There are many molecules within the virus known as HIV, but only one is shaped like a hairpin. This molecule, aptly named the HIV RNA hairpin, allows the virus to create its own proteins from host resources, which is key to the virus’s ability to take over an infected cell.
Scientists having been studying the details of this virus for decades in an attempt to improve diagnostics and treatments for AIDS and other HIV-induced diseases. And now, JILA researchers have demonstrated a much easier, faster and more precise way to understand the structure and function of the HIV RNA molecule, especially the HIV RNA hairpin. Furthermore, the techniques developed for this research promise to allow a wider range of users to study similar biological molecules, as they are built upon commercially available and user-friendly atomic force microscopes, or AFMs.
AFMs are high-resolution microscopes that can resolve structures as small as atoms. But on top of imaging, AFMs can also pull apart, or unfold, biological molecules such as proteins and nucleic acids like DNA and RNA.
Over the last decade, JILA Fellow Dr. Thomas Perkins and his team have focused on improving AFM technology for biological applications. Their advancements in cantilever shape provided enhanced time resolution and force precision. Their advancements in chemistry enabled individual molecules to be stretched end-to-end. And their advancements in instrument automation allowed researchers to unfold and refold the same individual molecule over a thousand times (whereas previously molecules could refold only a handful of times).
According to Perkins, his team’s advancements to AFM technology allow more researchers to probe biological molecules.
“It’s a question about accessibility,” said Perkins. “The benefit to doing these experiments on a commercial AFM is you can train an undergraduate to do the experiment.”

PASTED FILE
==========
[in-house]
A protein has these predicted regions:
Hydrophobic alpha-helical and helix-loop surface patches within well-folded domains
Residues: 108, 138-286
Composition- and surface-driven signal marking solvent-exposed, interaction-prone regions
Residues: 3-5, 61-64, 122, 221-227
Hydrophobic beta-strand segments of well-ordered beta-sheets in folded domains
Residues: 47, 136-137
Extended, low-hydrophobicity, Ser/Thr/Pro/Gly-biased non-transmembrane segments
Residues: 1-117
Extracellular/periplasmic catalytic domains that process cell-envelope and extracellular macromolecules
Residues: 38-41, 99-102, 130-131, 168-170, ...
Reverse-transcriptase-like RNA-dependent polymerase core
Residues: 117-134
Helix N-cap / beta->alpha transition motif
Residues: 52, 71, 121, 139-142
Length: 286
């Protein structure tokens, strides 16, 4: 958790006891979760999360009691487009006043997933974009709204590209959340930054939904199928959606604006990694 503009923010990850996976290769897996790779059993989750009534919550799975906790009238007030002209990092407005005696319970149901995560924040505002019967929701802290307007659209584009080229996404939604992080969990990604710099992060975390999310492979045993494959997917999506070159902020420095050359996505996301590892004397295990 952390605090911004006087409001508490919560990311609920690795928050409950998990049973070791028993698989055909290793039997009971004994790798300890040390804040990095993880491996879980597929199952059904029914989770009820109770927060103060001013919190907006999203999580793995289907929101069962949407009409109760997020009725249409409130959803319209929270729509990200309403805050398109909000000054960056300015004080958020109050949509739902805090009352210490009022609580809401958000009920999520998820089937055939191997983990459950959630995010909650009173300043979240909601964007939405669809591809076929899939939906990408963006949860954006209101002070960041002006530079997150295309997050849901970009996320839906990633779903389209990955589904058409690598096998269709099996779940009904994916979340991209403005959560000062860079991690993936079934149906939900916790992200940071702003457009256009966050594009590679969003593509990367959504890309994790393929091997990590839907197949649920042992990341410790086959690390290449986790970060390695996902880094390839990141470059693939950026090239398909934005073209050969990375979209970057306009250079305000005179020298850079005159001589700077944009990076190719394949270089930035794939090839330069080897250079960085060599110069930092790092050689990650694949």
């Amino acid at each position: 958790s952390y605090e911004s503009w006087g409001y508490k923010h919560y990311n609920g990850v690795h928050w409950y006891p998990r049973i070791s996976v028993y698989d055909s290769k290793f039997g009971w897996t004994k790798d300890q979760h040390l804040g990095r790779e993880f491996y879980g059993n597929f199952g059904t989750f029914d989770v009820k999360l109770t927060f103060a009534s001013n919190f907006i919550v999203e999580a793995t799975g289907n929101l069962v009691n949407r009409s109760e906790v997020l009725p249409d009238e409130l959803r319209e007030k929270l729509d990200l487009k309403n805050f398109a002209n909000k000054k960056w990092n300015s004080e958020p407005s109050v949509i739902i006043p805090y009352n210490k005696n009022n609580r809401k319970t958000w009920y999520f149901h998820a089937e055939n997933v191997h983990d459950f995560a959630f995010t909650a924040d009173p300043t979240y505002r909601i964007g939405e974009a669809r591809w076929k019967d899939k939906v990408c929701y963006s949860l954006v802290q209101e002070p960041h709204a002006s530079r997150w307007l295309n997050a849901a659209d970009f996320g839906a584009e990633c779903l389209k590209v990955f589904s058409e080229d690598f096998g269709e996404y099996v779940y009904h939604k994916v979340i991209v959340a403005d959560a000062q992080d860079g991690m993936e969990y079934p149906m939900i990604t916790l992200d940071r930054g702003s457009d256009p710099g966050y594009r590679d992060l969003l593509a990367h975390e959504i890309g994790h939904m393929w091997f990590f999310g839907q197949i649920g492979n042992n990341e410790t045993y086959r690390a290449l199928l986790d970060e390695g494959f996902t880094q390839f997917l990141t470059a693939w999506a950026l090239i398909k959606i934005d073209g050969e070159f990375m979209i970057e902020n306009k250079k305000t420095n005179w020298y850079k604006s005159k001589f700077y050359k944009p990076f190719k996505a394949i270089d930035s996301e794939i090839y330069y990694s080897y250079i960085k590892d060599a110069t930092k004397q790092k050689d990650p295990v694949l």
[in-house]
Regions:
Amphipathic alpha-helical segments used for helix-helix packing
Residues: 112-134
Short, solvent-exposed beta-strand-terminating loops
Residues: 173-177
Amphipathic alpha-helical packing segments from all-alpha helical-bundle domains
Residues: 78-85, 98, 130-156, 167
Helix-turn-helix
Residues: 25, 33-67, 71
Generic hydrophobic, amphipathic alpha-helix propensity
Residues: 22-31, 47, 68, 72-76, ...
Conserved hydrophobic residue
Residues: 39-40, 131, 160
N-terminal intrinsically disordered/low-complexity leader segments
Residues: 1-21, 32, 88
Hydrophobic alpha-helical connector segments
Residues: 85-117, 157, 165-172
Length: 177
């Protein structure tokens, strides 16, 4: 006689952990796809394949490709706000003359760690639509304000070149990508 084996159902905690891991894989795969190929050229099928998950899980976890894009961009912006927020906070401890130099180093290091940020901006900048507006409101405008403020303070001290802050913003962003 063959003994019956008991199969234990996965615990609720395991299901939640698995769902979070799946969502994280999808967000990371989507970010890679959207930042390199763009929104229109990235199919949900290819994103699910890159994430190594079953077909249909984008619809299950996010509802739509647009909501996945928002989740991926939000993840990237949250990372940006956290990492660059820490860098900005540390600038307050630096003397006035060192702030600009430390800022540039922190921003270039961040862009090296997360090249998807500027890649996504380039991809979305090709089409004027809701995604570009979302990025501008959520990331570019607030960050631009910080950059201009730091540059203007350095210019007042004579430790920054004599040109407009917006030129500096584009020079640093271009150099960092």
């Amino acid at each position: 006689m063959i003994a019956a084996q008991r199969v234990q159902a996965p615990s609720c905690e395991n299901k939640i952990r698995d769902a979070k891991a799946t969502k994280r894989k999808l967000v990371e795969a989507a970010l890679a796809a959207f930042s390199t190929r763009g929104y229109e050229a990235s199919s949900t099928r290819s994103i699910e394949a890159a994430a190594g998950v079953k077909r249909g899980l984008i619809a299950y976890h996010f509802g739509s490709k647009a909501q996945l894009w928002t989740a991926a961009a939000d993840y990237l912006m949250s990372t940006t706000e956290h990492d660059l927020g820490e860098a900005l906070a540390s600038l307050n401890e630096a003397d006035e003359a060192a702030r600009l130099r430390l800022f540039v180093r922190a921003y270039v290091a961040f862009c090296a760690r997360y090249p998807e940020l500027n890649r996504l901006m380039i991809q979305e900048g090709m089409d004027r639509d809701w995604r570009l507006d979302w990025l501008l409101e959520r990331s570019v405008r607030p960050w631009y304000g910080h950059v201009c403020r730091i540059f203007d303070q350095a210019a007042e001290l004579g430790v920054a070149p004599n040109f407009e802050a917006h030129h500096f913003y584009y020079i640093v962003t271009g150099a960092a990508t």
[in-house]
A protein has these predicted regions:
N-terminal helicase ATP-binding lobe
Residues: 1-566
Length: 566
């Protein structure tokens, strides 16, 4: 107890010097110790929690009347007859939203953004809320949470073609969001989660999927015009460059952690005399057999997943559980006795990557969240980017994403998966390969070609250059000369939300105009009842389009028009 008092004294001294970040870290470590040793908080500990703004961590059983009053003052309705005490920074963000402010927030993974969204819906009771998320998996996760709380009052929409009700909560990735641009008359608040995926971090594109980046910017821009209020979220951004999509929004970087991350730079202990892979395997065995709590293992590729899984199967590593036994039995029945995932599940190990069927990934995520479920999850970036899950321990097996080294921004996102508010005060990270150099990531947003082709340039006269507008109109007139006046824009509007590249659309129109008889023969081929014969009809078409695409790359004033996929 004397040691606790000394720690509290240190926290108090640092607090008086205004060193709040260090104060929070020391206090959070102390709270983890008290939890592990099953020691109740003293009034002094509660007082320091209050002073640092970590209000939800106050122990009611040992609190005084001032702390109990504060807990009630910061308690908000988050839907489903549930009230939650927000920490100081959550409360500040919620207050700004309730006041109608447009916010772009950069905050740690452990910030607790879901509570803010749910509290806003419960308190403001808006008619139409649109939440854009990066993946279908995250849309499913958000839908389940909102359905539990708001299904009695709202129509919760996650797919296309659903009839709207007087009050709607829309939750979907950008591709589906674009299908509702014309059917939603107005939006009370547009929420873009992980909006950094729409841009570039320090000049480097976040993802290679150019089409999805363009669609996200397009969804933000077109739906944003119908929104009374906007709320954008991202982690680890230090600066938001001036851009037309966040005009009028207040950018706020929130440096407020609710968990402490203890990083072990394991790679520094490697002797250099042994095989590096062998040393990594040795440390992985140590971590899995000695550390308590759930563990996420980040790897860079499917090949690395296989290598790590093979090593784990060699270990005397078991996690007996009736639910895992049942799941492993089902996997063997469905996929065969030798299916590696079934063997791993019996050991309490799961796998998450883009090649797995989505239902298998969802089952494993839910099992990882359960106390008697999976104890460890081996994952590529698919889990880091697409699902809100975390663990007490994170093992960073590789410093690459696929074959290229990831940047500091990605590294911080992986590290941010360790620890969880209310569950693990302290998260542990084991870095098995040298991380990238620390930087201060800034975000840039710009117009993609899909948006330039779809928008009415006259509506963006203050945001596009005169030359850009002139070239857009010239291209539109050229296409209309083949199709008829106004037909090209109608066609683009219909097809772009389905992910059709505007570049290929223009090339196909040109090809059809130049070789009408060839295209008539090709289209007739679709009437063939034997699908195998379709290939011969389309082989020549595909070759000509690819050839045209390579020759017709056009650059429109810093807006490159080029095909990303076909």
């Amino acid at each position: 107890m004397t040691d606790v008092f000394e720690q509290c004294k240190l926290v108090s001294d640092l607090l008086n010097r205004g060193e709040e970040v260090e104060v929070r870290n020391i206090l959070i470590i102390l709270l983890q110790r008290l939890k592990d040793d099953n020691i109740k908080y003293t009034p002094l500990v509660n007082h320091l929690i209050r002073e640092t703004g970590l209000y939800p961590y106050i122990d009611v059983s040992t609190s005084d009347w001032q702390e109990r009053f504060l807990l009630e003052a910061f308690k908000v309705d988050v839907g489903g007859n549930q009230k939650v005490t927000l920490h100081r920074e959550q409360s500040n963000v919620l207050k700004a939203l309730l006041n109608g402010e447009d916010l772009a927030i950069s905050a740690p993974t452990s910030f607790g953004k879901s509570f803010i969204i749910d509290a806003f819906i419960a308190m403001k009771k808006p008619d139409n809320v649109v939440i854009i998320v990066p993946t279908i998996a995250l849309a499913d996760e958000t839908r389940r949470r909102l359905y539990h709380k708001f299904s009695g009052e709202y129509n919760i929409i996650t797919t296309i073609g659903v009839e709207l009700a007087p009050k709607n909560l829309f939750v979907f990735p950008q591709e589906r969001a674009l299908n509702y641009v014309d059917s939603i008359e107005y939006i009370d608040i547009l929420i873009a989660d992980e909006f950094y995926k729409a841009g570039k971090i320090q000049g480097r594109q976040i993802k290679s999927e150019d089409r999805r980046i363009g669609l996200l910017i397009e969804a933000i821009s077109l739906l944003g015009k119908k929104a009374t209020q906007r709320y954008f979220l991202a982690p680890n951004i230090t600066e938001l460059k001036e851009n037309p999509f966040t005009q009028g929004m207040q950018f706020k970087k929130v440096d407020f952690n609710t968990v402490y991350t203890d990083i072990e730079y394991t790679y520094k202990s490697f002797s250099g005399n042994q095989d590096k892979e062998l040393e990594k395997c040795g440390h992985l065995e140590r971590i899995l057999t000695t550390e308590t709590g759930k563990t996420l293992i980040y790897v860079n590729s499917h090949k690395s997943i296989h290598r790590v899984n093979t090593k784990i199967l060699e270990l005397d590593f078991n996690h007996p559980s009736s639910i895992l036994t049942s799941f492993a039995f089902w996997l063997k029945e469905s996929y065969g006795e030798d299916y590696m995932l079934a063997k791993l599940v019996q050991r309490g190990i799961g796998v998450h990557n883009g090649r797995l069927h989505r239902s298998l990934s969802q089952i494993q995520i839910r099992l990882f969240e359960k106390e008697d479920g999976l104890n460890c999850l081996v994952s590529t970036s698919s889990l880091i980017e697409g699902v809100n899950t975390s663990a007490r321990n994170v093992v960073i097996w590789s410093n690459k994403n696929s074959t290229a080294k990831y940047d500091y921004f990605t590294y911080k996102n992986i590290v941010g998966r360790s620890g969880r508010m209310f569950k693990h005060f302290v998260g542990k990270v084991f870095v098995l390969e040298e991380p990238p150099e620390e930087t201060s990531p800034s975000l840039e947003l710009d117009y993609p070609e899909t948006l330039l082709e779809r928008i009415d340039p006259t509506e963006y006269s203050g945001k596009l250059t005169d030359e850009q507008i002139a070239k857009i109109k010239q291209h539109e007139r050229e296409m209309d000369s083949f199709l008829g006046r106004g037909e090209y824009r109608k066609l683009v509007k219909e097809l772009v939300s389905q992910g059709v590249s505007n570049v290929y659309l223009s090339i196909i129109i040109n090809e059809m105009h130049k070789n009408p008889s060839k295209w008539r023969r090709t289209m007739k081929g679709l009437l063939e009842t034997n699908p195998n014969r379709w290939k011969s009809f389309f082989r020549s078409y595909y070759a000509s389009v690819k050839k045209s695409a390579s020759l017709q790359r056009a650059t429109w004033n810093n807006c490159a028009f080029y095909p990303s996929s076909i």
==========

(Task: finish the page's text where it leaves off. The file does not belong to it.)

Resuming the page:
Equipped with an advanced AFM, Perkins quickly pushed past old limitations of biological probes.
“We’ve spent all of this time overcoming various technical issues—cantilevers, surfaces, alignment—and now it’s this exciting time where we are doing applications, and we are doing things that people never expected you’d be able to do with an AFM,” said Perkins.
And one of the things never expected from AFMs was the ability to probe a folding molecule with the precision required to map out the energy landscape, said Perkins.
The energy landscape of a molecule is like a 3D topographic map whose peaks and valleys represent the energy of the molecule’s configuration. Because there are many ways a molecule can fold, there are many paths a molecule could take through this landscape.
And driving the molecule through this landscape is its desire to reduce its energy. Generally, a more folded molecule has a decreased energy. But some folding directions can be stymied by the equivalent of a high-mountain pass, or dam, in the landscape. Likewise, other foldings can be encouraged by sloping gullies. Understanding these complex landscapes—and how molecules navigate them—can help us understand why certain folds occur and why critical proteins may misfold and cause disease.
But diseases are caused by more than just misfolded proteins. Some diseases, like HIV, are caused in part by proteins made by an RNA hijacker called a hairpin.